If you think about it, rarely does a perfectly straight line occur in nature. When a man bends, or in this case straightens, elements of nature to suit his purpose, it can result in negative consequences.
Approximately 50 years ago, a creek blew out during a storm on a Colorado man’s property in the San Luis Valley, just south of Poncha Pass, and started to realign itself. At the time, the landowner saw an opportunity to straighten about a mile of the creek, and he intervened. However, in a few years, the creek turned into a ditch and remained that way until recently.
The straightening removed two thirds of the creek’s meandering, which sped up the water, causing the creek to become incised (cut downward) and lose all contact with the floodplain. The vegetation surrounding the creek had relied on the creek’s flooding, so it dried up on either side.
About two years ago, individuals from the Colorado Department of Parks and Wildlife conducted surveying and monitoring of Gunnison Sage Grouse in the landowner’s area, as the property is adjacent to state-owned land.
The state employees witnessed the troubled creek and damaged grouse habitat and contacted the
United States Fish and Wildlife Service (USWFS) and USDA’s Natural Resources Conservation
Service (NRCS) to see if something could be done to restore the creek’s curves. They also approached the landowner to discuss programs that would cost-share the work and to explain why the work would result in improvements to his grazing areas.
The federal agencies came to the Corps to ask for regulatory assistance. They knew a “dredge and fill” permit would be required from the Corps to change the creek, as well as technical advice on the best way to do so.
“The Corps is responsible for implementing Section 404 of the Clean Water Act, which includes issuing dredge and fill permits in situations affecting ‘waters of the U.S.,’ said Regulatory Project Manager Hildreth “Coop” Cooper in the Albuquerque District’s Durango Regulatory Office.
“I reviewed the plans to relocate the creek’s channel. They included forming two earthen embankments, re-excavating the old channel and re-establishing native vegetation. I made some modifications to avoid and minimize impacts. For example, the plan called for creating a pond and excavating in wetlands adjacent to the creek, and it wasn’t necessary. It would amount to removing wetlands and valuable feeding habitat for the sage grouse.”
Obtaining permits for work of this kind is a legal requirement. The responsibility for enforcing this law fell to the Corps when Congress passed the Clean Water Act, because the Corps already had authority under the Rivers and Harbors Act to keep certain waterways navigable for commerce and national security. However, the U.S. Environmental Protection Agency retains ultimate oversight of the Clean Water Act.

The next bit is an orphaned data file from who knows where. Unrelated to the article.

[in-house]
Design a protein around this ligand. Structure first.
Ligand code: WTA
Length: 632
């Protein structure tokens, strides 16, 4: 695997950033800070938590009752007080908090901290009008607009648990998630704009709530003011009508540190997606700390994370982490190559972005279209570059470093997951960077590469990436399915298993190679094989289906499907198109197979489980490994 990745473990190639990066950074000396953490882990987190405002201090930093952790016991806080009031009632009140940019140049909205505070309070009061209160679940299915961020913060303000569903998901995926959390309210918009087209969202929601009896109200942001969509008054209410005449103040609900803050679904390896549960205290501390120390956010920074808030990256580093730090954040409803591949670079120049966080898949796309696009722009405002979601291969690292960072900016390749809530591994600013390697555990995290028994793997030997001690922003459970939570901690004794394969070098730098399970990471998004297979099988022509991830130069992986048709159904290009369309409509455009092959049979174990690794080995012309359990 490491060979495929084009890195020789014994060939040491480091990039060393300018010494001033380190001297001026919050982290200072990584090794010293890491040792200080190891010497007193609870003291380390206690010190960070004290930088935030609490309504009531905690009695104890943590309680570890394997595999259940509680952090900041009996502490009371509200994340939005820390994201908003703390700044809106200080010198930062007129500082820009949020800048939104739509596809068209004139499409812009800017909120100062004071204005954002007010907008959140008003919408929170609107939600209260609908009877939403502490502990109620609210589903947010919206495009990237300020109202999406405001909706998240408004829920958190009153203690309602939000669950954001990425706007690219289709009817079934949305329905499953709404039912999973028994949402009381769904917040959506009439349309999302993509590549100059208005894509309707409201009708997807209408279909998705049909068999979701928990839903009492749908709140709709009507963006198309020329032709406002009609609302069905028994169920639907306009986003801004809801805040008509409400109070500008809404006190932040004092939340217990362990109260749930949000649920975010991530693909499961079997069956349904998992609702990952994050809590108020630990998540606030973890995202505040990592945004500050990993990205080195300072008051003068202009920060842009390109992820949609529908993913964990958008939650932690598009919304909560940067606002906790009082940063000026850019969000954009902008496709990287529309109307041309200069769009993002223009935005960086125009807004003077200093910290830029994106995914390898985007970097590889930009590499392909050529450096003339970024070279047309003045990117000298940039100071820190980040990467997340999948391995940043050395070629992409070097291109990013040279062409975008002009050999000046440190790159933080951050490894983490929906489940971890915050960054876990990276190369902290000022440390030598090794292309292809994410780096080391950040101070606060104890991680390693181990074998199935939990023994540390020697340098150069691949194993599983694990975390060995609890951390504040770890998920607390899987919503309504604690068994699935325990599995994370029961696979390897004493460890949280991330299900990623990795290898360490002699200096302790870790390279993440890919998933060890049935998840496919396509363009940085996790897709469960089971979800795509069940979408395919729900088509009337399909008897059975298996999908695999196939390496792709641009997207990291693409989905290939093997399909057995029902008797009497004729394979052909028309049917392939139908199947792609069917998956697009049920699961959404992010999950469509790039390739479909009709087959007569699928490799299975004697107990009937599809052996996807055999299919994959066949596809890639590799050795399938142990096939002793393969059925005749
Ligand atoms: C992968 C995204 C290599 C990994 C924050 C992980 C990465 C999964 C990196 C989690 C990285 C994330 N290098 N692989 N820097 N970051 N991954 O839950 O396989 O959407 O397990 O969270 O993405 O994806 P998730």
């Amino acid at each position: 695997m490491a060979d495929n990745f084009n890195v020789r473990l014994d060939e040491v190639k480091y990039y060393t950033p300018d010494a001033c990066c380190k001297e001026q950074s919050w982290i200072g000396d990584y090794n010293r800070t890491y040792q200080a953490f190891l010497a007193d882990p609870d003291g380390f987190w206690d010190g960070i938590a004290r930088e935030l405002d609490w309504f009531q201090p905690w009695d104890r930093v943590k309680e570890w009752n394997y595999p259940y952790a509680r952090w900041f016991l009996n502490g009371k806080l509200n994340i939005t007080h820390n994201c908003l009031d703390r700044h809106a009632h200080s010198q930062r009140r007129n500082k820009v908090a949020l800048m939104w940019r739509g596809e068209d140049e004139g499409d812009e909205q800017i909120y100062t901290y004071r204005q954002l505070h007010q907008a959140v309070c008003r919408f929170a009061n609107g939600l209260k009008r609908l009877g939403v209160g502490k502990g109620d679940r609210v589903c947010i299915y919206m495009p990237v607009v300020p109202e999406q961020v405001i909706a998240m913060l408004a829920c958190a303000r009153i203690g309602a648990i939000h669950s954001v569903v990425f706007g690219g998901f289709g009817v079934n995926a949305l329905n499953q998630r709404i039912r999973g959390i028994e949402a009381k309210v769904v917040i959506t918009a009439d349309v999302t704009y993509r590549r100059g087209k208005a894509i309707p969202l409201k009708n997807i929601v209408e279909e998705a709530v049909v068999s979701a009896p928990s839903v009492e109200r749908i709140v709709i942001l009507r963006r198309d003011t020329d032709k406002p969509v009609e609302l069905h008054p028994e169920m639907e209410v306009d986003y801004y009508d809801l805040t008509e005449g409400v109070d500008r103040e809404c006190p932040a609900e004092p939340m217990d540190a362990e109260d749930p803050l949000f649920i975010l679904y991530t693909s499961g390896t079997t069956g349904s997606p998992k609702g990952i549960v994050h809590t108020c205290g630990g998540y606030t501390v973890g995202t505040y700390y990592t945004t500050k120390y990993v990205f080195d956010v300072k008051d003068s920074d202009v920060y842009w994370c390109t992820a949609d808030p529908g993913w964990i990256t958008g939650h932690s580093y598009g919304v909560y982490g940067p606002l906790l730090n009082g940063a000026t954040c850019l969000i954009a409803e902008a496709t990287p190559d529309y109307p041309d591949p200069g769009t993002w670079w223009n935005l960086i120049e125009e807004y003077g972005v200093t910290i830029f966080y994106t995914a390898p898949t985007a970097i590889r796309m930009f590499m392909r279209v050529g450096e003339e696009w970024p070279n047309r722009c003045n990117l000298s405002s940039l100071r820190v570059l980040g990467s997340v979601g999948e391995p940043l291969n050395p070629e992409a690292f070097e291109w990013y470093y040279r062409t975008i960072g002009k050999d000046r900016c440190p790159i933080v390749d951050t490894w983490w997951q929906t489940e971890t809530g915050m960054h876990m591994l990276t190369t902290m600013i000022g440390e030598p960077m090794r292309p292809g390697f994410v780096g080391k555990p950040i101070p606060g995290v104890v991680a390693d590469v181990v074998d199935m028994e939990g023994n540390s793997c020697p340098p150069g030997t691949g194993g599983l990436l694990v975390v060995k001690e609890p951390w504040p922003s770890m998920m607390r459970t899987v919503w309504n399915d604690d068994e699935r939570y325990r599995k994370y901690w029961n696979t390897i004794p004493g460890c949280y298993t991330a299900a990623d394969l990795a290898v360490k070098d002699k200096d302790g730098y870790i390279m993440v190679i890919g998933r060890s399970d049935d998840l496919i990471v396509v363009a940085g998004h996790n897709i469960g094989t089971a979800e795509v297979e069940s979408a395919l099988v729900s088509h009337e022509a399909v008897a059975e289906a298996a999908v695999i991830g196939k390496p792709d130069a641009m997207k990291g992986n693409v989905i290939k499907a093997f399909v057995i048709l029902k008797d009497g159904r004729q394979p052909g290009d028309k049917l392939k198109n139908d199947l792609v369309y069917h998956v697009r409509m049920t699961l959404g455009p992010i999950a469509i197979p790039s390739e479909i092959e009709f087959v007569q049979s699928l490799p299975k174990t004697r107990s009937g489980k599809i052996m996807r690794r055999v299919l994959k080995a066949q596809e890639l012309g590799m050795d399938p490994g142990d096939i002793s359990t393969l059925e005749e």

“Permits do not cost anything,” Cooper said. “NRCS applied for the permit in the landowner’s name, and this permit fell under a category of permits called ‘nationwide permits.’ They are relatively easy to obtain because the work results in minor negative impacts.”
Last year, most of the work on the creek took place, except for the restoration of a small area of disturbed wetland that will be addressed this spring. Also, due to last year’s drought, the replanting of the vegetative component of the project couldn’t be finished.
Cooper said he has done one compliance inspection, but the ground was frozen and snow-covered. He said he will go back in the spring or midsummer to do another.
“I will look at the amount of bare ground that was created during the project, because I want to make sure it gets replanted,” he said. “Also, I need to look at the best way to restore the small damage that was done to the wetlands. Monitoring is an important component of any stream restoration project. We will continue monitoring the vegetation and the response of the new channel and propose adjustments to ensure the stream continues to develop as designed.”
Ultimately, the project will help the landowner by allowing more moisture to reach his soil, and it will give him the ability to fence off areas and rotate his cattle, making for better herds.
It will also enhance the habitat of the sage grouse, considered by the USWFS to be “warranted but precluded” from listing under the Endangered Species Act.
“All the data says the sage grouse is warranted for listing, but it is precluded because of priority actions to get other species listed,” Cooper said.
“In the meantime, the grouse’s status will remain a ‘candidate’ for listing. However, as demonstrated by this project, the USWFS will continue doing good things for the species in hopes that future listing can be avoided.”